Homemade Toys and free activities for babies

Young children don’t need special or expensive toys for learning and development. In fact, with a little imagination, you can turn ordinary things around the house into homemade toys and free activities for kids.

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Homemade toys and free activities: why they’re good

Homemade games and free activities at home are a great way to keep children entertained, and to help them learn and grow. They needn’t cost a cent. And they can really fire up your child’s creativity.

It’s easy to come up with ideas for children as they get older. There are lots of toys and games that you and your child can create together. 

You can also give your child open-ended play materials from around the house – children usually love containers and lids, for example. The only thing is to make sure the bits and pieces are unbreakable before letting your child use them.


You’re the ‘toy’ that your newborn most enjoys. Your touch, the sound of your voice, being rocked in your arms, and staring at your face is more than enough entertainment for a new baby.

Your newborn will also love being outside in fine weather, feeling the wind, hearing the sounds of birds, and soaking up new outdoorsy smells. Splashing in shallow water or in the bath is also lots of fun – so long as you keep your hands on to ensure your baby’s safety,

You could play gentle music to soothe your baby, or make bath time relaxing with a calm atmosphere and warm water, and a warm massage afterwards.

Hold your baby, sing, talk and make eye contact. These activities will keep your baby entertained, and help your baby learn and get to know you all at once.

All babies are unique and some babies take more time than others to enjoy new sensations, so watch how your baby responds, and see what she enjoys and is interested in.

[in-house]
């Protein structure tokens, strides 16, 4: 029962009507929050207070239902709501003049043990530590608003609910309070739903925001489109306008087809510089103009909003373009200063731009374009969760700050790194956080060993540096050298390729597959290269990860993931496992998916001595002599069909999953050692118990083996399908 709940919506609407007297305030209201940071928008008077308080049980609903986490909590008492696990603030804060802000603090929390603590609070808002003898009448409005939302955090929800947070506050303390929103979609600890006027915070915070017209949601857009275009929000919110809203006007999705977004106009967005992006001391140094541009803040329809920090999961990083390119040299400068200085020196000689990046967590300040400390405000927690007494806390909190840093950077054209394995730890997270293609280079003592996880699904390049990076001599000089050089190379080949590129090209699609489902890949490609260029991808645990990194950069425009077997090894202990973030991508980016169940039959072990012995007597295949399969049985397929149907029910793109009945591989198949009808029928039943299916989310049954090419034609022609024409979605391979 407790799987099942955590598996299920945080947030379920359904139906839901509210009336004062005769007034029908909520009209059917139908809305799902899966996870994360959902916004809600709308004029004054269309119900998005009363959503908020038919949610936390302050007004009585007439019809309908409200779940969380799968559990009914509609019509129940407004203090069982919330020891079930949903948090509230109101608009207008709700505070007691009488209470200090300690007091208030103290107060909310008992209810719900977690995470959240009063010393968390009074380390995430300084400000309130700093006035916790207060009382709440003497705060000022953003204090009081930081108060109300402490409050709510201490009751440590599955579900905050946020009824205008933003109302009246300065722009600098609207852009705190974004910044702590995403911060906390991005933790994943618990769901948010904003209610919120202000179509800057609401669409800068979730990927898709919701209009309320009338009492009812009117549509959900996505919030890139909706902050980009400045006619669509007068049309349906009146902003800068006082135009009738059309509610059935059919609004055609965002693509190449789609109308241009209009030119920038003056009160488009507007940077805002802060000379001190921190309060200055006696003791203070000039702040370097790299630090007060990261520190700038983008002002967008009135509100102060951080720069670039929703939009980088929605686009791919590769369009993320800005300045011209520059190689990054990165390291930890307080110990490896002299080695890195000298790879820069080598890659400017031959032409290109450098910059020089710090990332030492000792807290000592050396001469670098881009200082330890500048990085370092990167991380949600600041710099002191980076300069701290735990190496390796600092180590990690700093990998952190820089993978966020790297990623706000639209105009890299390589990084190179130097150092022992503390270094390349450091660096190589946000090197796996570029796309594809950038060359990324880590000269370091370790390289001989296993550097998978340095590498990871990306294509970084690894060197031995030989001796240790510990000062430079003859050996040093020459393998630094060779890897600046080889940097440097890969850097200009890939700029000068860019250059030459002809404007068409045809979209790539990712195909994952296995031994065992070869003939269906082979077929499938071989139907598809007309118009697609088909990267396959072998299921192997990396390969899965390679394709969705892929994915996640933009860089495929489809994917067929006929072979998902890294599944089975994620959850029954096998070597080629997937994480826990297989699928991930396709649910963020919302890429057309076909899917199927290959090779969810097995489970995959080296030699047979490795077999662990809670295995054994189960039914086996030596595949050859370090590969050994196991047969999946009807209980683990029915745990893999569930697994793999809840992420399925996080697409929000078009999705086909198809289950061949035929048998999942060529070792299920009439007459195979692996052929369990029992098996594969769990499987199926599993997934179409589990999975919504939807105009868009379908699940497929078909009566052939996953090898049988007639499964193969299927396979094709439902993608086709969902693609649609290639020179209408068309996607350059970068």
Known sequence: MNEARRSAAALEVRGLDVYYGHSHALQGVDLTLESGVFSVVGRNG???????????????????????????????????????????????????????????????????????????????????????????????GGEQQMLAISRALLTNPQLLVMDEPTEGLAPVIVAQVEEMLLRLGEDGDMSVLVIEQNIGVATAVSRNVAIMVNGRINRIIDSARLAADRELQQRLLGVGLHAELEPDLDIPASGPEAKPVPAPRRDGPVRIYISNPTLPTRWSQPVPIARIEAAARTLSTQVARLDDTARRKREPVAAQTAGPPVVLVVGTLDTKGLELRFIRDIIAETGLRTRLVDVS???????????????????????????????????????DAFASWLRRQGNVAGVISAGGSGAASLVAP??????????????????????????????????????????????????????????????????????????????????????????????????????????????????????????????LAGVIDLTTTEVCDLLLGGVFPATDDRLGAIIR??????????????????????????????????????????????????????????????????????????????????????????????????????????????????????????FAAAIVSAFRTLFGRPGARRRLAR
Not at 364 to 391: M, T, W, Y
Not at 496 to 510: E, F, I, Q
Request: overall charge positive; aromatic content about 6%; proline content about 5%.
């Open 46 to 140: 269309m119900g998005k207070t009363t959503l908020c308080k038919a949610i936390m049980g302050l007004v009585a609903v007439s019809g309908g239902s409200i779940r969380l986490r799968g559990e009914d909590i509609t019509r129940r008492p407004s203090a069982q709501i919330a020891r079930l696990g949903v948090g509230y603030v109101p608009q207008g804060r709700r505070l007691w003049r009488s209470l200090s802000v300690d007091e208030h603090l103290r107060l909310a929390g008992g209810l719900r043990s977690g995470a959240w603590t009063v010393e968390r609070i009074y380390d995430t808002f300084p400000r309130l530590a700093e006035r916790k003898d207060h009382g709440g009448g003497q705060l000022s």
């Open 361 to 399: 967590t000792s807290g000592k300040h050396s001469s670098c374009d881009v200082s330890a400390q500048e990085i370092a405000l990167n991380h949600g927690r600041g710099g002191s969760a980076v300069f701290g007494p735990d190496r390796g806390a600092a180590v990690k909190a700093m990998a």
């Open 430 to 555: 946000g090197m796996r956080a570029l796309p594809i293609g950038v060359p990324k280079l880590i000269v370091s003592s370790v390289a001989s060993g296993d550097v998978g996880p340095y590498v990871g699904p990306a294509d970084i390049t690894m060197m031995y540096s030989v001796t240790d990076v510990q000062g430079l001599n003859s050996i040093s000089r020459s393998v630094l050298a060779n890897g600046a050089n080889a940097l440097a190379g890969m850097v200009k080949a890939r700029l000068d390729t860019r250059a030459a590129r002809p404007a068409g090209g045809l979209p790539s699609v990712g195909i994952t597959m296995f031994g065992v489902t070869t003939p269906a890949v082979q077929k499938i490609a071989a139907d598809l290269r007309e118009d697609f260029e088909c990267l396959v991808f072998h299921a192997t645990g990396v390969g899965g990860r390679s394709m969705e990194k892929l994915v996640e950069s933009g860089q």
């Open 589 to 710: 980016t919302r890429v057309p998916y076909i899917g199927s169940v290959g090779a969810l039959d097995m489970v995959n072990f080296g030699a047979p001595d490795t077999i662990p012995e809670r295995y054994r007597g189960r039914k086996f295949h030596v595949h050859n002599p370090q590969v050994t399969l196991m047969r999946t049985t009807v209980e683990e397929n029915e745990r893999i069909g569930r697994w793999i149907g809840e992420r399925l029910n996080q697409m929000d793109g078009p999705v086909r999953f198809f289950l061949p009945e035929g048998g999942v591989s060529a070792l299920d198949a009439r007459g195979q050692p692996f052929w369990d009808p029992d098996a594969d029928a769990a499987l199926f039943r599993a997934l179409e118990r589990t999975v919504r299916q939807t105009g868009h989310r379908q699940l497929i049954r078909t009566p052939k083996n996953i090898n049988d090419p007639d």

Once your baby is starting to move around and is more robust, more active play will be a winner – and you’re still the best toy your baby has! 

Your baby will love to clamber over you, exploring and trying out new movement skills. All young children need periods of quiet play too, so watch for cues that your baby needs some downtime. 

Here are some play ideas for babies:

  • Make time for one-on-one play every day – for example, talking with your baby or counting his toes. You can make this part of routine activities such as nappy-changing.
  • Blow raspberries on your baby’s tummy and tickle little toes.
  • Make a toy shaker with an empty juice or milk container – washed, dried and filled with rice, pasta, peas, dried pulses or even old buttons (make sure the lid is secure to avoid choking hazards).
  • Sing songs and nursery rhymes. Babies really love these when you repeat actions such as clapping hands or doing twinkling star fingers. 
  • Read books. Visit your local library or toy library to get really good, free resources.
  • Fill a bag with interesting textures such as wrapping paper.
  • Make a drum by stretching strips of paper soaked in glue (create your own glue with flour and water) across the top of an old tin (without the lid). Once it’s dry, give your child a wooden spoon to bang the drum with

Baby » Play

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